Having a Vacation Home in New York: Impact on Residency
The New York State Supreme Court, Appellate Division, reversed a recent Tax Appeals Tribunal decision that treated ownership of a vacation home in New York as a permanent place of abode for statutory residency purposes. In the Matter of Nelson Obus, the court determined that a New Jersey-domiciled resident, who spent more than 183 days in New York City and maintained a vacation home in upstate New York for temporary use, was not a statutory resident for New York income tax purposes.
Previously, in a 2021 decision, the Tax Appeals Tribunal focused on the fact that the taxpayer had unfettered access to a vacation home that could have been used as a permanent place of abode year-round. Since the taxpayer spent more than 183 days in New York (in order to work in New York City), Nelson Obus and his spouse were determined to be New York statutory residents.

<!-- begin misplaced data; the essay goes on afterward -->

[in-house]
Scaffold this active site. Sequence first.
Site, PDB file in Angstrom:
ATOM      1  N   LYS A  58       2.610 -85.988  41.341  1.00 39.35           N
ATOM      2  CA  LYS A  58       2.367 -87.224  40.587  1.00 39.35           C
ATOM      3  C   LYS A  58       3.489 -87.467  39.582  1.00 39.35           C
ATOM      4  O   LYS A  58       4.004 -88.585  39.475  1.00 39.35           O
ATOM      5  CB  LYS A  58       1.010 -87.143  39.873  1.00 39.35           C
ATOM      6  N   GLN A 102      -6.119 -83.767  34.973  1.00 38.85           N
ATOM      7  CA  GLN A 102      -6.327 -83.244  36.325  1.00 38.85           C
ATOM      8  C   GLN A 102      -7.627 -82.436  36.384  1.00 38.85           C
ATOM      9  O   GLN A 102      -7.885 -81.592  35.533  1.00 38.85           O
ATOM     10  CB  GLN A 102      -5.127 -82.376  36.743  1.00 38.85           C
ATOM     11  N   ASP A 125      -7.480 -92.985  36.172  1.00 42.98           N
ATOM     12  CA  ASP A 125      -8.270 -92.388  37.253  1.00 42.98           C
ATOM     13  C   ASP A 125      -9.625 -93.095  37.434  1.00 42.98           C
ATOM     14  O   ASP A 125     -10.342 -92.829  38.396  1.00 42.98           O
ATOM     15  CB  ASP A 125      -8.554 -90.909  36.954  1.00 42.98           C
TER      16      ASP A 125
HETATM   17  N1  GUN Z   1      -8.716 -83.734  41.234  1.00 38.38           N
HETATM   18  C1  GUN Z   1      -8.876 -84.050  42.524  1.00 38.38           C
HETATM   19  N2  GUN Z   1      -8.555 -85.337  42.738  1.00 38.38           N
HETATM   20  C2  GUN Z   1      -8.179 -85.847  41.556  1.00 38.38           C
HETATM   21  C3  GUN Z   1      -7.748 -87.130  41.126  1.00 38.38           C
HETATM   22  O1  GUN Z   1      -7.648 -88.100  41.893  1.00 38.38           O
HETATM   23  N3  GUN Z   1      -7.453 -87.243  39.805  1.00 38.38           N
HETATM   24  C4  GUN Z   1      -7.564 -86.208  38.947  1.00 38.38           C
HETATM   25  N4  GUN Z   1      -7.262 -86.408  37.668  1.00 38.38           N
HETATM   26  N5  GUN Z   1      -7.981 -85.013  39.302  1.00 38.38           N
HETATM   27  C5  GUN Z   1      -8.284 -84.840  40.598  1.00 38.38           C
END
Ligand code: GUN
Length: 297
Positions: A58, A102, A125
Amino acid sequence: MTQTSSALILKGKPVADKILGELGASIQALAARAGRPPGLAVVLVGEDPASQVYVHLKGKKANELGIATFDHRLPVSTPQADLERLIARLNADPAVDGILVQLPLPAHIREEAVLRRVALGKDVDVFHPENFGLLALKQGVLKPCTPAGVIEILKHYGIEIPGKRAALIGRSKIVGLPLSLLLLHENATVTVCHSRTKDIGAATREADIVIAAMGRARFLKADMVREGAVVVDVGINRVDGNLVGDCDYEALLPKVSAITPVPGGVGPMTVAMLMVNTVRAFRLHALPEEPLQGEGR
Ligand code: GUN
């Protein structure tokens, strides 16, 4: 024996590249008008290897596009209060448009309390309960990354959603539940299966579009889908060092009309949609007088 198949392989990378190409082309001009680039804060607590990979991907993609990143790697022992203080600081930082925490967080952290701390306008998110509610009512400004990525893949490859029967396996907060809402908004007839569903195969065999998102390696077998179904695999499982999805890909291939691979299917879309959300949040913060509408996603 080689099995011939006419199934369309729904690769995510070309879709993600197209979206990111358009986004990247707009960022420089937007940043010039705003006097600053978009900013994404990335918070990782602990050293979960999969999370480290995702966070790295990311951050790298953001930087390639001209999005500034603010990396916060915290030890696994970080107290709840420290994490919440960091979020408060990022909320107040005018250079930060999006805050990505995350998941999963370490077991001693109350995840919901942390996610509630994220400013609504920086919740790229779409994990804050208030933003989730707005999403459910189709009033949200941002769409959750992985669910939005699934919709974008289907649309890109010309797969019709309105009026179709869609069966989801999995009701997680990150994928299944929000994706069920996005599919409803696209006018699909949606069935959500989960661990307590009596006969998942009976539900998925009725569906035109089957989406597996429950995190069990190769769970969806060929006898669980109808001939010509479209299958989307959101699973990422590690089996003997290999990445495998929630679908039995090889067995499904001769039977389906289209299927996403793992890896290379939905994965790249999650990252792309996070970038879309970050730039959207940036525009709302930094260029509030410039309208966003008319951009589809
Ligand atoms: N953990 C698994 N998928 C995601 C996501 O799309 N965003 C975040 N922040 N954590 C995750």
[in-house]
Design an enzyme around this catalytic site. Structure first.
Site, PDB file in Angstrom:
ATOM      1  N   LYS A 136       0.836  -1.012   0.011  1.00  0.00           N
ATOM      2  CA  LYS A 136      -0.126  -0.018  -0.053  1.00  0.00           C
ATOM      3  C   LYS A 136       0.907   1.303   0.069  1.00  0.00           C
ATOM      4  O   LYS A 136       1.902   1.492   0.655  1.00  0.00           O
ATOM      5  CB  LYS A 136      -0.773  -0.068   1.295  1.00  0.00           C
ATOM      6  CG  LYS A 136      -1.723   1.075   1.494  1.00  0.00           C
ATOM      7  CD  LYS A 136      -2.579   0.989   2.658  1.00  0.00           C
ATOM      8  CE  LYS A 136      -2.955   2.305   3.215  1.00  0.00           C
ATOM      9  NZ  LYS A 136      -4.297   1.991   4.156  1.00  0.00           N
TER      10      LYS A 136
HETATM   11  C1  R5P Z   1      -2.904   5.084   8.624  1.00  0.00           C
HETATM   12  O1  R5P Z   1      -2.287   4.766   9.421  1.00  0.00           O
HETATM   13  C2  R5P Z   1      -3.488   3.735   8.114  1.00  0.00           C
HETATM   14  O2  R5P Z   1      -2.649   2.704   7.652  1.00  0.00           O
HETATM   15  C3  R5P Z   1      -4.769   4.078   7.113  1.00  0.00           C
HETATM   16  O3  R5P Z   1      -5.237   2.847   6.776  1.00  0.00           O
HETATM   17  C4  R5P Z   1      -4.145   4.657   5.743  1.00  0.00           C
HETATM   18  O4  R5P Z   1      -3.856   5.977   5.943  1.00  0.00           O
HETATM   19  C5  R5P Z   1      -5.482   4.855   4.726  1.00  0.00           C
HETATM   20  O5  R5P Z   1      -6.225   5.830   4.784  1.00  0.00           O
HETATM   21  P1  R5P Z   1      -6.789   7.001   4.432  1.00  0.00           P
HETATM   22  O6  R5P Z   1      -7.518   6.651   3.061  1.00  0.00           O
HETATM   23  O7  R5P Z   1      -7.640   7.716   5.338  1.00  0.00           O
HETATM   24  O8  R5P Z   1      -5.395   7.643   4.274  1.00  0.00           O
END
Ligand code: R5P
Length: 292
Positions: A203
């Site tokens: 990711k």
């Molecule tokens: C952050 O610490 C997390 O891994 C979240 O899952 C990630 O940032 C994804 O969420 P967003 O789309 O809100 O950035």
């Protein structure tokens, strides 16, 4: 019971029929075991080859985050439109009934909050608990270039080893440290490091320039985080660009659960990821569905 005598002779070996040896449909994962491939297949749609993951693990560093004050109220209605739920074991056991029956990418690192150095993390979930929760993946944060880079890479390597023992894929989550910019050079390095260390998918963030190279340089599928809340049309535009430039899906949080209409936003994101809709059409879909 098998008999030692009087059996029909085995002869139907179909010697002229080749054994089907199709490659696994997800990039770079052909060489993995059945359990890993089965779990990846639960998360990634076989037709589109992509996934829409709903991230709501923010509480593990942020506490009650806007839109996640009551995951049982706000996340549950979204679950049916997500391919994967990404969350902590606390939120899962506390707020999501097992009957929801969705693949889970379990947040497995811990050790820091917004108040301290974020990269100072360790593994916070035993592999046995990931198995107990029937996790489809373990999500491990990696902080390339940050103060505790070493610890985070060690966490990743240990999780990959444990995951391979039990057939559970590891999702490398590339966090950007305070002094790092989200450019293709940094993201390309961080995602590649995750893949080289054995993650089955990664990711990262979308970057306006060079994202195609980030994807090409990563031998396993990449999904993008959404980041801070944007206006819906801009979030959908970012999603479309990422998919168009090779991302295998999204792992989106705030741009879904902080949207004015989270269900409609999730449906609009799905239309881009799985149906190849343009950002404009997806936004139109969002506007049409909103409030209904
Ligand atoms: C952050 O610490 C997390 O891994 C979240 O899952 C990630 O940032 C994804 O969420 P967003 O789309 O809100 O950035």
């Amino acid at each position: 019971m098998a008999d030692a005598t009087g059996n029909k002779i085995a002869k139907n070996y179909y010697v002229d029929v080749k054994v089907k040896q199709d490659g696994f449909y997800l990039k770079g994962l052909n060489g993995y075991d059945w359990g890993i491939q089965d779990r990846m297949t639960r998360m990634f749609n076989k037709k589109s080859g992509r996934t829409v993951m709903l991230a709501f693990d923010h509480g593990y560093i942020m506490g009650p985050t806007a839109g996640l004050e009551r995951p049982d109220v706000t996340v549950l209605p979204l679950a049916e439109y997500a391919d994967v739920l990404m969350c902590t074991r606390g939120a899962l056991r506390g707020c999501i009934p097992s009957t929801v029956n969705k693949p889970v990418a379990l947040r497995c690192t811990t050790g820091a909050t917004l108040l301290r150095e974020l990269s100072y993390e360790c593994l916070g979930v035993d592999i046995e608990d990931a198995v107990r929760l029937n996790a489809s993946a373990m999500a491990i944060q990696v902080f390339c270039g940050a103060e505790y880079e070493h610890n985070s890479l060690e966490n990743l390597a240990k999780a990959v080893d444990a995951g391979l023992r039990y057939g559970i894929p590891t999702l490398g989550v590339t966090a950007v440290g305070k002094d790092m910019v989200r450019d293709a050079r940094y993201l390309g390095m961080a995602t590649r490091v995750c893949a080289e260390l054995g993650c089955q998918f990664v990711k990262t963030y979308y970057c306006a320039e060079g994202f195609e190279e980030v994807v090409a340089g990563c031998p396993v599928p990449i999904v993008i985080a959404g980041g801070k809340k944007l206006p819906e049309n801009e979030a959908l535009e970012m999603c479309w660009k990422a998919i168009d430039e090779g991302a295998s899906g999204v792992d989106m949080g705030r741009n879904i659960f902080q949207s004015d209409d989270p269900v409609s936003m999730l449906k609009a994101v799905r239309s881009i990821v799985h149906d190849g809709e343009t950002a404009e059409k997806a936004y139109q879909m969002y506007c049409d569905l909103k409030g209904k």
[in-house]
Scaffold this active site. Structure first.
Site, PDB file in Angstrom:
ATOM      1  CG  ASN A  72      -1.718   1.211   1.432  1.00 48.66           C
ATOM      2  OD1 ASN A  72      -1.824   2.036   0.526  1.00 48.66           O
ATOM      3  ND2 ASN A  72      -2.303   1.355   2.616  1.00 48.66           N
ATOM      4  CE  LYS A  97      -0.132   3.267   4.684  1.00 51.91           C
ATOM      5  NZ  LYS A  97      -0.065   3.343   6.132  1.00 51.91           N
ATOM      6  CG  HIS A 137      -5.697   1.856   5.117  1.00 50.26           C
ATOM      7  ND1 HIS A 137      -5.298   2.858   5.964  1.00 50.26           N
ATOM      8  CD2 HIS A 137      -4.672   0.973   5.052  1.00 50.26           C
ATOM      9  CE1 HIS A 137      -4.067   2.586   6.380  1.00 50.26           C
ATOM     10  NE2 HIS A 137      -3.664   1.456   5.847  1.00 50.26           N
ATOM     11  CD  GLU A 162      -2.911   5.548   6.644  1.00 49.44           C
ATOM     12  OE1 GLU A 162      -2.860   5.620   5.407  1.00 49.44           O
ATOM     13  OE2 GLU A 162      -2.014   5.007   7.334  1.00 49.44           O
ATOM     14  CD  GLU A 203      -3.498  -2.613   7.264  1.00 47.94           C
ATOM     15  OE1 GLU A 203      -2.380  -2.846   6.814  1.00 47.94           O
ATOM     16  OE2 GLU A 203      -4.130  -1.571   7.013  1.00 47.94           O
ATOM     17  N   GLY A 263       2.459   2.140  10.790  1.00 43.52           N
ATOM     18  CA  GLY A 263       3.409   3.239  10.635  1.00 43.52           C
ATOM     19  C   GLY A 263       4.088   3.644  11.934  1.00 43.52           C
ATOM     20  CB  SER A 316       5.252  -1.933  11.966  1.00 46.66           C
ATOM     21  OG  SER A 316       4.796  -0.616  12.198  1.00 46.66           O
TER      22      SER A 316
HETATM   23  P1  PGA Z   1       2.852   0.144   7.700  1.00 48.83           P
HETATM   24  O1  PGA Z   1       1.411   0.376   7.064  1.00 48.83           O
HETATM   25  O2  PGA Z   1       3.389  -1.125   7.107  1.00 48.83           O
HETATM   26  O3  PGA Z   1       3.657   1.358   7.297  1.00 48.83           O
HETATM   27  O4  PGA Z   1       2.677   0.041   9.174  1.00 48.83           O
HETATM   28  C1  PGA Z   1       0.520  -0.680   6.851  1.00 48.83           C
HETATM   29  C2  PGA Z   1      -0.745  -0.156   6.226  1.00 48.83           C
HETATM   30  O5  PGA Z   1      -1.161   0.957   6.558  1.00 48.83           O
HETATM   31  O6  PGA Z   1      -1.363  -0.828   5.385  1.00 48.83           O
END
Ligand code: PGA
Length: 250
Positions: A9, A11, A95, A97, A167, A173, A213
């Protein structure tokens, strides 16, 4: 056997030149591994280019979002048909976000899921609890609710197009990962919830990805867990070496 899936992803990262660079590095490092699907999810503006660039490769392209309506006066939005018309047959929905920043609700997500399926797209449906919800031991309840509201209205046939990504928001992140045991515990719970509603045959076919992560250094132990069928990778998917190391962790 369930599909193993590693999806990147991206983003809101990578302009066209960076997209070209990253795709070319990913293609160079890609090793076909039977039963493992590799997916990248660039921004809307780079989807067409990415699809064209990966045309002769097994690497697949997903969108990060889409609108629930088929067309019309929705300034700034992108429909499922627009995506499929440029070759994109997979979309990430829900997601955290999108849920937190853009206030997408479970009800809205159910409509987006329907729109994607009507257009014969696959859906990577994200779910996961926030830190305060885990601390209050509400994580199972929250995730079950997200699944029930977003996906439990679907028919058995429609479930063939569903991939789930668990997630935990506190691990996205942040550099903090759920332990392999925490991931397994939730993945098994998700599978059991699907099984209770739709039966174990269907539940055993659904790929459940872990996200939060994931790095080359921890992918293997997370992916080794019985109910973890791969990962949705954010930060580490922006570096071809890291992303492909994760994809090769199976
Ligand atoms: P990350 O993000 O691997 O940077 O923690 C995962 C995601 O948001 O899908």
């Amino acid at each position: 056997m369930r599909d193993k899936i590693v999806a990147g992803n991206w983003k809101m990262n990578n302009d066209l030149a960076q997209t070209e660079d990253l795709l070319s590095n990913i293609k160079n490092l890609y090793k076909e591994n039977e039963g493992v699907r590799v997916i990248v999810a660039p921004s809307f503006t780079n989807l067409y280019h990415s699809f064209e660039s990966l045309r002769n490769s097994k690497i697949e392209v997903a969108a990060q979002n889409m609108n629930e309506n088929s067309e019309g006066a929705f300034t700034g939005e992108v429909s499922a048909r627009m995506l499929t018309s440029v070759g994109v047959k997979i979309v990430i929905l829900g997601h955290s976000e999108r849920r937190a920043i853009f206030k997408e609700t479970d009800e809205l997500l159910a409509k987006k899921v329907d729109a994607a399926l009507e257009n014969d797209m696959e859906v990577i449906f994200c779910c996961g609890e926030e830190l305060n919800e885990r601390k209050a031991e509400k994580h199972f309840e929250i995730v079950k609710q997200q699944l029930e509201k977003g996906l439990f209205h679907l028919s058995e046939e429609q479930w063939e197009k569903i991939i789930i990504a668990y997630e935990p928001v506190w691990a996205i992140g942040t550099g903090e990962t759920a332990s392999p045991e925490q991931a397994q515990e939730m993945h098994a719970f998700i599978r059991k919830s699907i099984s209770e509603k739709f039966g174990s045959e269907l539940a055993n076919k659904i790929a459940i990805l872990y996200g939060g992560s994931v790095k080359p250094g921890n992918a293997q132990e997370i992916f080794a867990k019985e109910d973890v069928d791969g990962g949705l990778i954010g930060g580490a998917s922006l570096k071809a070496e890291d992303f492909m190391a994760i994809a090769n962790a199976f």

The New York State Supreme Court rejected the notion that maintaining a vacation home that could be a permanent place of abode is enough to satisfy the requirement. Rather, the court focused on the intent of the statute, which is to tax individuals who are essentially residents of the state. Pursuant to the facts in this matter, since the taxpayers did not utilize their vacation home as a residence, the New York State Supreme Court reversed the decision of the Tax Appeals Tribunal.
For additional information on the tax residency implications of owning a vacation home out-of-state, please contact your Marcum State and Local Tax professional, or Barry Halpern or Lisa Haime.